Chapter 4 introduces XML internal and external pointing and linking technologies. XML Link Language (XLL, now XLink) provides unidirectional, multi-ended, and typed linking. XPointer, used with XLink, provides addressing into the interior of XML documents. XPath operates an the logical structure of an XML document, creating a tree of nodes. Used with both XPointer and XSLT, it permits operations an strings, numbers, and Boolean expressions in the document. The final chapter, "Getting Started" argues for the adoption of a tool for XML production. The features and functionality of various tools for content development, application development, databases, and schema development provide an introduction to some of the available options. Roy Tennant is weIl known in the library community as an author (bis column "Digital Libraries" has appeared in Library Journal since 1997 and he has published Current Cites each month for more than a decade), an electronic discussion list manager (Web4Lib and XML4Lib), and as the creator and manager of UC/Berkeley's Digital Library SunSITE. Librarians have wondered what use they might make of XML since its beginnings. Tennant suggests one answer: "The Extensible Markup Language (XML) has the potential to exceed the impact of MARC an librarianship. While MARC is limited to bibliographic descriptionand arguably a subset at that, as any archivist will tell you-XML provides a highly-effective framework for encoding anything from a bibliographic record for a book to the book itself." (Tennant, p. vii) This slim paperback volume offers librarians and library managers concerned with automation projects "show and teIl" examples of XML technologies used as solutions to everyday tasks and challenges. What distinguishes this work is the editor and contributors' commitment to providing messy details. This book's target audience is technically savvy. While not a "cookbook" per se, the information provided an each project serves as a draft blueprint complete with acronyms and jargon. The inclusion of "lessons learned" (including failures as well as successes) is refreshing and commendable. Experienced IT and automation project veterans will appreciate the technical specifics more fully than the general reader.
Tennant's collection covers a variety of well- and lesser-known XML-based pilot and prototype projects undertaken by libraries around the world. Some of the projects included are: Stanford's XMLMARC conversion, Oregon State's use of XML in interlibrary loaning, e-books (California Digital Library) and electronic scholarly publishing (University of Michigan), the Washington Research Library Consortium's XML-based Web Services, and using TEI Lite to support indexing (Halton Hills Public Library). Of the 13 projects presented, nine are sited in academe, three are state library endeavors, and one is an American public library initiative. The projects are gathered into sections grouped by seven library applications: the use of XML in library catalog records, interlibrary loan, cataloging and indexing, collection building, databases, data migration, and systems interoperability. Each project is introduced with a few paragraphs of background information. The project reports-averaging about 13 pages each-include project goals and justification, project description, challenges and lessons learned (successes and failures), future plans, implications of the work, contact information for individual(s) responsible for the project, and relevant Web links and resources. The clear strengths of this collection are in the details and the consistency of presentation. The concise project write-ups flow well and encourage interested readers to follow-up via personal contacts and URLs. The sole weakness is the price. XML in Libraries will excite and inspire institutions and organizations with technically adept staff resources and visionary leaders. Erik Ray has written a how-to book. Unlike most, Learning XML is not aimed at the professional programming community. The intended audience is readers familiar with a structured markup (HTML, TEX, etc.) and Web concepts (hypertext links, data representation). In the first six chapters, Ray introduces XMUs main concepts and tools for writing, viewing, testing, and transforming XML (chapter 1), describes basic syntax (chapter 2), discusses linking with XLink and XPointer (chapter 3), introduces Cascading Style Sheets for use with XML (chapter 4), explains document type definitions (DTDs) and schemas (chapter 5), and covers XSLT stylesheets and XPath (chapter 6). Chapter 7 introduces Unicode, internationalization and language support, including CSS and XSLT encoding. Chapter 8 is an overview of writing software for processing XML, and includes the Perl code for an XML syntax checker. This work is written very accessibly for nonprogrammers. Writers, designers, and students just starting to acquire Web technology skills will find Ray's style approachable. Concepts are introduced in a logical flow, and explained clearly. Code samples (130+), illustrations and screen shots (50+), and numerous tables are distributed throughout the text. Ray uses a modified DocBook DTD and a checkbook example throughout, introducing concepts in early chapters and adding new concepts to them. Readers become familiar with the code and its evolution through repeated exposure. The code for converting the "barebones DocBook" DTD (10 pages of code) to HTML via XSLT stylesheet occupies 19 pages. Both code examples allow the learner to sec an accumulation of snippets incorporated into a sensible whole. While experienced programmers might not need this type of support, nonprogrammers certainly do. Using the checkbook example is an inspired choice: Most of us are familiar with personal checking, even if few of us world build an XML application for it. Learning XML is an excellent textbook. I've used it for several years as a recommended text for adult continuing education courses and workshops."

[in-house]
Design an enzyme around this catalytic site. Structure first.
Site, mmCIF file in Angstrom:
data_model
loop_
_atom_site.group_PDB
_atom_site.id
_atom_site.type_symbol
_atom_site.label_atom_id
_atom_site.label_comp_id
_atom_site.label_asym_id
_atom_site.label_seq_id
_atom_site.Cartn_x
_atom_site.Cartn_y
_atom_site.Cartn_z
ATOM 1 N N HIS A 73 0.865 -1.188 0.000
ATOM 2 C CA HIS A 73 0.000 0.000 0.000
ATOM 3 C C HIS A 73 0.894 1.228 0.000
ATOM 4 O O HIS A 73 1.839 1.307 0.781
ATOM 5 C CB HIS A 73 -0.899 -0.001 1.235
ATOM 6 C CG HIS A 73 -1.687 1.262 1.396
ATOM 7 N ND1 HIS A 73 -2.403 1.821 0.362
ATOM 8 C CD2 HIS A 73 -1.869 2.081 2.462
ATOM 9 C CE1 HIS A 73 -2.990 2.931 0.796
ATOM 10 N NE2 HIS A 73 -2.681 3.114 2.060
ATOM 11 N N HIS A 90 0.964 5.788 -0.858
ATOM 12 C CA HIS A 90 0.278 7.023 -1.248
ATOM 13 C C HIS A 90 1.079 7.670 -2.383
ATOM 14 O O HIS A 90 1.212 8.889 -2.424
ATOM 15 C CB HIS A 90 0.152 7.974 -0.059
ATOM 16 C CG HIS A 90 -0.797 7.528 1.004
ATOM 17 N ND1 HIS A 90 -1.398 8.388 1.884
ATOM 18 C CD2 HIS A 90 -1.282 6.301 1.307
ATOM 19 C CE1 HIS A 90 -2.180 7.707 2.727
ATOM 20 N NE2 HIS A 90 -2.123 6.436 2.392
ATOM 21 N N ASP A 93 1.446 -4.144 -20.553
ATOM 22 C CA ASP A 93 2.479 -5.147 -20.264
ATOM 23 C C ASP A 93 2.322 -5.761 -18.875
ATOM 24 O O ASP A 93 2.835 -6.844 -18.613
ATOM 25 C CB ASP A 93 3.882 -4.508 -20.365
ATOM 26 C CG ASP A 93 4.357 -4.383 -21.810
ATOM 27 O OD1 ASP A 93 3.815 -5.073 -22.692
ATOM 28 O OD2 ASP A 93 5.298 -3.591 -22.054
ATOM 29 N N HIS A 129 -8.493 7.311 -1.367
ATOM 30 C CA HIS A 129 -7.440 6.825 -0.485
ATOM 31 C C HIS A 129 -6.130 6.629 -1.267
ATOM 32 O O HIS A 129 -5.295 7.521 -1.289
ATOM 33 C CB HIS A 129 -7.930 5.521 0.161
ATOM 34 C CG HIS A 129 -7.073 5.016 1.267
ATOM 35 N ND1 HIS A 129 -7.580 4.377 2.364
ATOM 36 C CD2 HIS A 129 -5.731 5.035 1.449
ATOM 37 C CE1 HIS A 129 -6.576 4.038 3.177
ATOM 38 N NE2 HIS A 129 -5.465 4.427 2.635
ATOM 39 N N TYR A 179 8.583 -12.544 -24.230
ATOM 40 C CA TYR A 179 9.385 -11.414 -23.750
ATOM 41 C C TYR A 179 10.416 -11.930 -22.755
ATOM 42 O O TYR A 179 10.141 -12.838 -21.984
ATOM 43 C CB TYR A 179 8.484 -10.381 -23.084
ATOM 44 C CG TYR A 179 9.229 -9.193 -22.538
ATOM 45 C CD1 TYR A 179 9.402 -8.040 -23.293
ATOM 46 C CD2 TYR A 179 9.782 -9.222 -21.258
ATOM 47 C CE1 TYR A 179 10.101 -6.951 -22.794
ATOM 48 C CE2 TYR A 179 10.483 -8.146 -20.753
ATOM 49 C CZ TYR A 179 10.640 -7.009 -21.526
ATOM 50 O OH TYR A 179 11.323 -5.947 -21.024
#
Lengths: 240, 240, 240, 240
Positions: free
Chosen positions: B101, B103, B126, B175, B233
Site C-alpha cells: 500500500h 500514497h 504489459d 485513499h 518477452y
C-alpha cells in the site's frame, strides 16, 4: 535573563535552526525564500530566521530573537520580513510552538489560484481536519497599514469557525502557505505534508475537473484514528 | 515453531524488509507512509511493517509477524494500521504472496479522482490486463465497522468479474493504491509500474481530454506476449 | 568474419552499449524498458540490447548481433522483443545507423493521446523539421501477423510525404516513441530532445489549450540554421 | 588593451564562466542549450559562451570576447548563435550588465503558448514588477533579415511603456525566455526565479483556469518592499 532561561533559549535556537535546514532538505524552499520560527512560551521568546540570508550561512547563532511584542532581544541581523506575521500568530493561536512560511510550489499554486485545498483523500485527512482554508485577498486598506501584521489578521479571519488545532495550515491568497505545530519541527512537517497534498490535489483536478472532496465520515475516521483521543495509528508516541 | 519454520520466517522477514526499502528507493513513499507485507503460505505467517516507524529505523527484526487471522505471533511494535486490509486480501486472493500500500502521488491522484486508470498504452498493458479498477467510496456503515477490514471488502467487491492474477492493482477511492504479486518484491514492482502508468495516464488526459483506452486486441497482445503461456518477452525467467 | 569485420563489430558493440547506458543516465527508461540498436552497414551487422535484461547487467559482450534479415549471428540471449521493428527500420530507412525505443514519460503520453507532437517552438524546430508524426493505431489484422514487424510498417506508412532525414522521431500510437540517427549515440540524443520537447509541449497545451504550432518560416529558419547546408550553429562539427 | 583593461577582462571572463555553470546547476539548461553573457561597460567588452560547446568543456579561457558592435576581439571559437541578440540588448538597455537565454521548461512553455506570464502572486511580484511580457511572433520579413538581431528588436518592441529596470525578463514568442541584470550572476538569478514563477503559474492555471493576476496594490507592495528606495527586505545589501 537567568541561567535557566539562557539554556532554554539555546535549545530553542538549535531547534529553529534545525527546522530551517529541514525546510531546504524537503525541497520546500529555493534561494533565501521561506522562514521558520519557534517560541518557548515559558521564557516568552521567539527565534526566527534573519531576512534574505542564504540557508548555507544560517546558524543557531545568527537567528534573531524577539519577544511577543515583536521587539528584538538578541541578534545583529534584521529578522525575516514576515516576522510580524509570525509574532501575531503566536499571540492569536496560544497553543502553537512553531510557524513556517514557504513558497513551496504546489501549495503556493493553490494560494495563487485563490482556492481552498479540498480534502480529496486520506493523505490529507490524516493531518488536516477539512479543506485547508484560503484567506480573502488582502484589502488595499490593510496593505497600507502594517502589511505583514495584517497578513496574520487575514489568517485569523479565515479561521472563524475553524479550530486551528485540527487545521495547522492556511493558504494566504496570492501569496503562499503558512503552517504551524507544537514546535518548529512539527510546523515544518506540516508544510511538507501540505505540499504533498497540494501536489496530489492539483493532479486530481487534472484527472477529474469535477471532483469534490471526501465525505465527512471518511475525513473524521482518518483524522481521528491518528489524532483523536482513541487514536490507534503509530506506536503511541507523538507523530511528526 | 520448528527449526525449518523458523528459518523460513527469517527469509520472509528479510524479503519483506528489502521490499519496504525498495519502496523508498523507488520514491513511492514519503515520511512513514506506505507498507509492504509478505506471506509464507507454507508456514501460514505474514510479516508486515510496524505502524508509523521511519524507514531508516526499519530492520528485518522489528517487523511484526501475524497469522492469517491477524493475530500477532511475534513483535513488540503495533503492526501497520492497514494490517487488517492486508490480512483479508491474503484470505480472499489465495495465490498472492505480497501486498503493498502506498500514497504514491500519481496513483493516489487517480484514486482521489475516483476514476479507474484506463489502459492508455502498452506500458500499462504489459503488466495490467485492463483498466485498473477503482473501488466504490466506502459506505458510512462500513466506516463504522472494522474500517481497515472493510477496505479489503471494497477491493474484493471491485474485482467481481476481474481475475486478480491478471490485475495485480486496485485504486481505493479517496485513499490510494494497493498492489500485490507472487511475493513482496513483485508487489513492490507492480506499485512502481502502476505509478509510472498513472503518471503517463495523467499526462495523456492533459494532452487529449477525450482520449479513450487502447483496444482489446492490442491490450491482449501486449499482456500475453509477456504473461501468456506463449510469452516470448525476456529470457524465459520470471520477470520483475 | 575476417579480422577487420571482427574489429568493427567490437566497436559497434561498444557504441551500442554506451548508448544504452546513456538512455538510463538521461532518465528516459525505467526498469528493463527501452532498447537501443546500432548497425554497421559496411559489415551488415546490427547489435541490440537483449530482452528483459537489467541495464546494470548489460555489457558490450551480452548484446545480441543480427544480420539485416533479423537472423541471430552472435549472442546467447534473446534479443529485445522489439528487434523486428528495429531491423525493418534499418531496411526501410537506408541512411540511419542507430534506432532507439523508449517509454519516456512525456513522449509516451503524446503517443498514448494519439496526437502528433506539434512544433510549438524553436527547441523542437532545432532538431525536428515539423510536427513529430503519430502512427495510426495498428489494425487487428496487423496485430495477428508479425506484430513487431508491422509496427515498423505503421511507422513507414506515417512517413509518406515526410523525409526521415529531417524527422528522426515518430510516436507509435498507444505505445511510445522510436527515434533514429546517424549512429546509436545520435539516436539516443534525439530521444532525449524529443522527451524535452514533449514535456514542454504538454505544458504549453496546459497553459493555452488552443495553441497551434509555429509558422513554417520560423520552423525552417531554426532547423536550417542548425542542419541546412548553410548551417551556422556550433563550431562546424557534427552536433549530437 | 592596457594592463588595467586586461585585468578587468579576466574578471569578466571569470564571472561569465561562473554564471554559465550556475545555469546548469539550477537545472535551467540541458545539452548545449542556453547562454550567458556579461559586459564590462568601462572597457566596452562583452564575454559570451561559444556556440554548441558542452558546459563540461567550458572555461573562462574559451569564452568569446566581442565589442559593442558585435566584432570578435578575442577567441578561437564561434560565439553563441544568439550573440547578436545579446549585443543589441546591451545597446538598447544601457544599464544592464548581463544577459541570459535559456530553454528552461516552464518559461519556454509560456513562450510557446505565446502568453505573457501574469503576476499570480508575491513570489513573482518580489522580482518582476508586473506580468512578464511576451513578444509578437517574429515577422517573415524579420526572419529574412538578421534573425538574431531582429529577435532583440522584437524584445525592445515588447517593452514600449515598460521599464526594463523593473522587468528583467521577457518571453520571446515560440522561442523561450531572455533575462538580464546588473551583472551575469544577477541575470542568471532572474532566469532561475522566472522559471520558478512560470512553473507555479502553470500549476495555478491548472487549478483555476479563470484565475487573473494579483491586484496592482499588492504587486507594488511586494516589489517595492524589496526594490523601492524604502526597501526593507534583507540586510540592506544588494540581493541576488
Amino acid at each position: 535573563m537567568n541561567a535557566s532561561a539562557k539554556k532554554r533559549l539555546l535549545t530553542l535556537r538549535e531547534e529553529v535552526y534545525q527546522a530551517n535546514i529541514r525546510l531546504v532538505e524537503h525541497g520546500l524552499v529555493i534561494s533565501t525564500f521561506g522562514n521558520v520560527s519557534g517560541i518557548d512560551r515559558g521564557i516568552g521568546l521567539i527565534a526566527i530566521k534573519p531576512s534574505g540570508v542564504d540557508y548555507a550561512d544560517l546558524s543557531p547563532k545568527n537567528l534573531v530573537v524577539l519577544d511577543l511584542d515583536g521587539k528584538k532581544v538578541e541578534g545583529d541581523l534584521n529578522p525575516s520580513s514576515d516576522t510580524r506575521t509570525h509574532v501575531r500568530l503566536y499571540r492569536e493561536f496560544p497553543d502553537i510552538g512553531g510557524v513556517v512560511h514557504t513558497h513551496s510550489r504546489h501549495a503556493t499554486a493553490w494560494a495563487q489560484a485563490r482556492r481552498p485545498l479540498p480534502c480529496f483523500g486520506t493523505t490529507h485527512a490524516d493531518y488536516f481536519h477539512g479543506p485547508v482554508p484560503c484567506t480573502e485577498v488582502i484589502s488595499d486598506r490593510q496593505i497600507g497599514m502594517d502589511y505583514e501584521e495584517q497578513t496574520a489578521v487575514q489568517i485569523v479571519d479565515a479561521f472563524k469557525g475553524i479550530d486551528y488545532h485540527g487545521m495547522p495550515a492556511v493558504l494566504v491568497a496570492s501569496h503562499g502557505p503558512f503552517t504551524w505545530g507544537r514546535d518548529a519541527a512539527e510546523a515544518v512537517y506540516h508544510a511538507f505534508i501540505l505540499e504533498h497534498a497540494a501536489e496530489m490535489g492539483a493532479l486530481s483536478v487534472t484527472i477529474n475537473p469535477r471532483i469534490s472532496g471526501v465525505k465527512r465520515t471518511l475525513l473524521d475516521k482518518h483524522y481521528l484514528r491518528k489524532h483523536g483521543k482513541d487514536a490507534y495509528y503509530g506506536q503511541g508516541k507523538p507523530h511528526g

Theme
Auszeichnungssprachen
Object
XML